Scaffold lncRNAs bind to several RNPs, bringing them together to form ribonucleoprotein complexes. The lncRNA HOTAIR brings together PRC2 with the LSD1/CoREST/REST complex increasing H3K27me3 and decreasing H3K4me2 [87]. Two of the target genes shown to be affected by HOTAIR knockdown, SIRT2 and LRP1B, have been implicated in atherosclerosis [105,106]. The scaffolding of LSD1 might also affect aneurysm formation, as LSD1 has also been reported to affect collagen I expression in osteoblasts [107] and silencing of HOTAIR in HASMCs has been shown to suppress collagen I expression and leads to weakening off the aortic wall [66]. In addition, HOTAIR also acts as a scaffold between E3 ubiquitin ligases Dzip3 and Mex3b and their corresponding substrates Ataxin-1 and Snurportin which might affect senescence [64].
The binding of ANRIL to PRC1 and PRC2 has not only been described as two separate guiding mechanisms, but scaffold action binding of both complexes has also been proposed [20,95,101].

2.4. Other lncRNAs Regulated in Vascular Diseases and Aging

A lncRNA which is induced by aging in mouse aorta and old passage HUVECs [108], but with an unknown functional mechanism is the antisense noncoding mitochondrial RNA ASncmtRNA-2. This lncRNA is transcribed from mitochondrial DNA [109] and is upregulated in diabetic mouse kidneys and in vitro after high-glucose-induced ROS production [110]. Knockdown of ASncmtRNA-2 decreases the expression of the pro-fibrotic factors TGFβ1 and fibronectin, concluding that ASncmtRNA-2 might be important in diabetic glomerular fibrosis. Since TGFβ1 and fibronectin are known to be regulated in aneurysms and ASncmtRNA-2 is expressed in aortas [111], it might be interesting to test if ASncmtRNA-2 plays a role in aneurysm formation.

3. LncRNAs as Biomarkers

Although differential plasma levels of several lncRNAs have been found in patients with vascular diseases, it is still unclear if these lncRNAs are suitable as specific biomarkers, since they are often also implicated in other diseases. For example, increased H19 levels in plasma are found in patients with CAD and it was an independent predictor even after adjustment for known cardiovascular risk factors [51]. However, H19 was also suggested as a biomarker for breast cancer [112] and gastric cancer [113] after discovering increased H19 levels in plasma in these patients. Likewise, GAS5 levels in plasma are found to be decreased in diabetes type 2 patients and are even further decreased in CAD patients [114], but GAS5 levels in plasma are also decreased in non-small cell lung cancer patients [115].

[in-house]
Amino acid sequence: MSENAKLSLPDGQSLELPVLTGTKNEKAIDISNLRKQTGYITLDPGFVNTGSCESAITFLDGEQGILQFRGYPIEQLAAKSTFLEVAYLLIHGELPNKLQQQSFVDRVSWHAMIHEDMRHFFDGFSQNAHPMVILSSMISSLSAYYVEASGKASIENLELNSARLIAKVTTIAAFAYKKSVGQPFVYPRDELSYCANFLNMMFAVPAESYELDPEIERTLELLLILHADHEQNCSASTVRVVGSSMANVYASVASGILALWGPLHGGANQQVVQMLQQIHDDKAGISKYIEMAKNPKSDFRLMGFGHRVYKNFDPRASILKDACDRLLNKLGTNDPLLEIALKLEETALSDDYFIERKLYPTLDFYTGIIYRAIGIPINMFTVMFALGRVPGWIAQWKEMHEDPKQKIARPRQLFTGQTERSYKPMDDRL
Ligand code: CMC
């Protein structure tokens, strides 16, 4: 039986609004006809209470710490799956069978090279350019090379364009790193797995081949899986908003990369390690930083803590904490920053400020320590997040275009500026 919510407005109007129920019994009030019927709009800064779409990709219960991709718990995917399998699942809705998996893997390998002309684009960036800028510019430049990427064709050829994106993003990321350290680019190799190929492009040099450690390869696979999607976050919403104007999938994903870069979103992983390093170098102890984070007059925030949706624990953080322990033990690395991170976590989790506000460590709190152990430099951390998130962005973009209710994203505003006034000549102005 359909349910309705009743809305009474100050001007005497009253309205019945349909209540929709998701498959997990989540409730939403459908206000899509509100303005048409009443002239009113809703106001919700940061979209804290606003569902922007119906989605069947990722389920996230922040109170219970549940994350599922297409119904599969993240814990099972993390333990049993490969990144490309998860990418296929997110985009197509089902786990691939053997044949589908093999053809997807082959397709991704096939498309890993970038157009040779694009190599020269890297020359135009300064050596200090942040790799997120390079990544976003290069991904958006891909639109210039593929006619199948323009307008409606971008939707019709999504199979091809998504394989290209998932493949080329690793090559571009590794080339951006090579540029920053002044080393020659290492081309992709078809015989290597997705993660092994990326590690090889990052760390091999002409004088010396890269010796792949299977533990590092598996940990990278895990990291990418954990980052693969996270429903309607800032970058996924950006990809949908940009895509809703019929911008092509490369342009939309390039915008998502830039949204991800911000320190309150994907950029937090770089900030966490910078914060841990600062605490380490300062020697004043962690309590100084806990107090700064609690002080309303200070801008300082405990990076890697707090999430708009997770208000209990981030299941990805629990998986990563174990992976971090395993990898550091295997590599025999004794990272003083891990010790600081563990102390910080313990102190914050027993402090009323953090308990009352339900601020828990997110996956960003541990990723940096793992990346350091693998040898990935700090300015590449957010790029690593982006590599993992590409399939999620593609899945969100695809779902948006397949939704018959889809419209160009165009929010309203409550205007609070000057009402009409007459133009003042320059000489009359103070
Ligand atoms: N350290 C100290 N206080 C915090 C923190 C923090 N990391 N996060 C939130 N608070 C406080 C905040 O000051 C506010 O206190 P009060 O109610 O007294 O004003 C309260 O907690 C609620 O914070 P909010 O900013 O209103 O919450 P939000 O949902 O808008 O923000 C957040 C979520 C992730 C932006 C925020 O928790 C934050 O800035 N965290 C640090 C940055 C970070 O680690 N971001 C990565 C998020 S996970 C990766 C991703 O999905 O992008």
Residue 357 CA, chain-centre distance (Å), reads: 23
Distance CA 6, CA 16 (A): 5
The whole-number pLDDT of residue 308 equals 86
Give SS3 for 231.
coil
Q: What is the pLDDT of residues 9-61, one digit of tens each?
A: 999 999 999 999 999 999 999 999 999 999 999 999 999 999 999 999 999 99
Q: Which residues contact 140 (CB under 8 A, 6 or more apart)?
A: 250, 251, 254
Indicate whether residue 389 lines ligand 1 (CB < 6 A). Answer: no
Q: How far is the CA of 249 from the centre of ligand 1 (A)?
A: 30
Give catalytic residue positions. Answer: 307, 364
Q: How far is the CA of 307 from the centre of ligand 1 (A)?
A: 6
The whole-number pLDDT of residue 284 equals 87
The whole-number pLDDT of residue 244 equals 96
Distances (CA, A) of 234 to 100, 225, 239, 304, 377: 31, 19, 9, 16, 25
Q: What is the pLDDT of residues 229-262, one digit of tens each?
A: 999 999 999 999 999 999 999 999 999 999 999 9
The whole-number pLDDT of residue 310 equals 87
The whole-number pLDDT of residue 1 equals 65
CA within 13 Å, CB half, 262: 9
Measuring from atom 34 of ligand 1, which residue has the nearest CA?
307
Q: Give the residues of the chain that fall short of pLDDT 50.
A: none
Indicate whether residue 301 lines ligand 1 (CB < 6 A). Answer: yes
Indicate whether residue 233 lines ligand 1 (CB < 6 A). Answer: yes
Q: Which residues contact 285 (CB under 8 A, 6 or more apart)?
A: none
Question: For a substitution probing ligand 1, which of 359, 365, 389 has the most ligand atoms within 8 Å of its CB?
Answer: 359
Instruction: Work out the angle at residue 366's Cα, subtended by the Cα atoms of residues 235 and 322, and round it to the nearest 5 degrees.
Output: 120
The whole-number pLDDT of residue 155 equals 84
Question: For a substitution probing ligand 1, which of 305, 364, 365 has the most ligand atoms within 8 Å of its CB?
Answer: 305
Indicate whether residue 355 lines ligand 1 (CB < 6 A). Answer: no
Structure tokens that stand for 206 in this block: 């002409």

Upregulated levels of lincRNA-p21 in serum could be used to distinguish thoracic aortic aneurysm patients from healthy people [61]. Reduced levels are on the other hand found in CAD patients [54], so lincRNA-p21 has been suggested as a potential biomarker atherosclerosis. However, decreased levels are also found in hepatitis B positive liver fibrosis patients [116] and in colorectal cancer patients [117].
The lncRNA ANRIL could act as a prognostic factor for a more specific group of patients, since higher levels in plasma are associated with in-stent restenosis compared to patients with stent without stenosis [113]. Care should, however, be taken in patients with a higher risk for breast cancer, since increased levels of ANRIL in plasma are also found in patients with breast cancer [118]. Single-nucleotide polymorphisms in ANRIL can also be used as a biomarker, since rs10757274 and rs2383206 are associated with an increased risk of CAD [119,120,121].

4. Conclusions

In summary, we have discussed several lncRNAs which are differentially regulated with aging and are implicated in vascular disease. As aging is an important risk factor for cardiovascular diseases, the lncRNAs implicated in both might be the most promising therapeutic targets. The mechanisms by which these lncRNA influence vascular pathologies are starting to be unraveled, but further research still needs to be done. With a deeper understanding of the mechanisms by which lncRNAs act, novel and effective targets might be identified for the development of therapeutic strategies for vascular diseases. This process may be hampered by the lack of sequence conservation in other species and be delayed because lncRNAs often have multiple transcript variants, which do not always have the same function. An additional limitation might be that some annotated lncRNAs are later on found to encode a short peptide which was overlooked in the past.

Author Contributions

D.I.B., N.L.-V., R.A.B. designed and wrote the review.


This research was funded by the Deutsche Forschungsgemeinschaft (SFB834), the European Research Council (“NOVA”), the DZHK (German Centre for Cardiovascular Research), and The Netherlands Organisation for Scientific Research (NWO Vidi).

Conflicts of Interest

The authors declare no conflict of interest.


ANRILantisense non-coding RNA in the INK4 locus
CADcoronary artery disease
ceRNAscompeting endogenous RNAs
ECsendothelial cells
GAS5Growth Arrest Specific 5
HOTAIRHOX Antisense Intergenic RNA
HUVECshuman umbilical vein endothelial cells
lncRNAlong non-coding RNA
MALAT1Metastasis Associated Lung Adenocarcinoma Transcript 1
MDM2Mouse double minute 2 homolog
Meg3Maternally expressed gene 3
MIATMyocardial infarction associated transcript
ncRNAnon-coding RNA
PAHpulmonary arterial hypertension
ROSreactive oxygen species
SMCssmooth muscle cells.


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Figure 1. Long non-coding RNAs (LncRNAs) associated with vascular disease and age, and exerting a decoy, guide or scaffold function in endothelial cells, vascular smooth muscle cells, fibroblasts and/or immune cells. CAD: coronary artery disease; PAH: pulmonary arterial hypertension.
Figure 1. Long non-coding RNAs (LncRNAs) associated with vascular disease and age, and exerting a decoy, guide or scaffold function in endothelial cells, vascular smooth muscle cells, fibroblasts and/or immune cells. CAD: coronary artery disease; PAH: pulmonary arterial hypertension.
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Bink, D.I.; Lozano-Vidal, N.; Boon, R.A. Long Non-Coding RNA in Vascular Disease and Aging. Non-Coding RNA 2019, 5, 26.

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Bink DI, Lozano-Vidal N, Boon RA. Long Non-Coding RNA in Vascular Disease and Aging. Non-Coding RNA. 2019; 5(1):26.

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Bink, Diewertje I., Noelia Lozano-Vidal, and Reinier A. Boon. 2019. "Long Non-Coding RNA in Vascular Disease and Aging" Non-Coding RNA 5, no. 1: 26.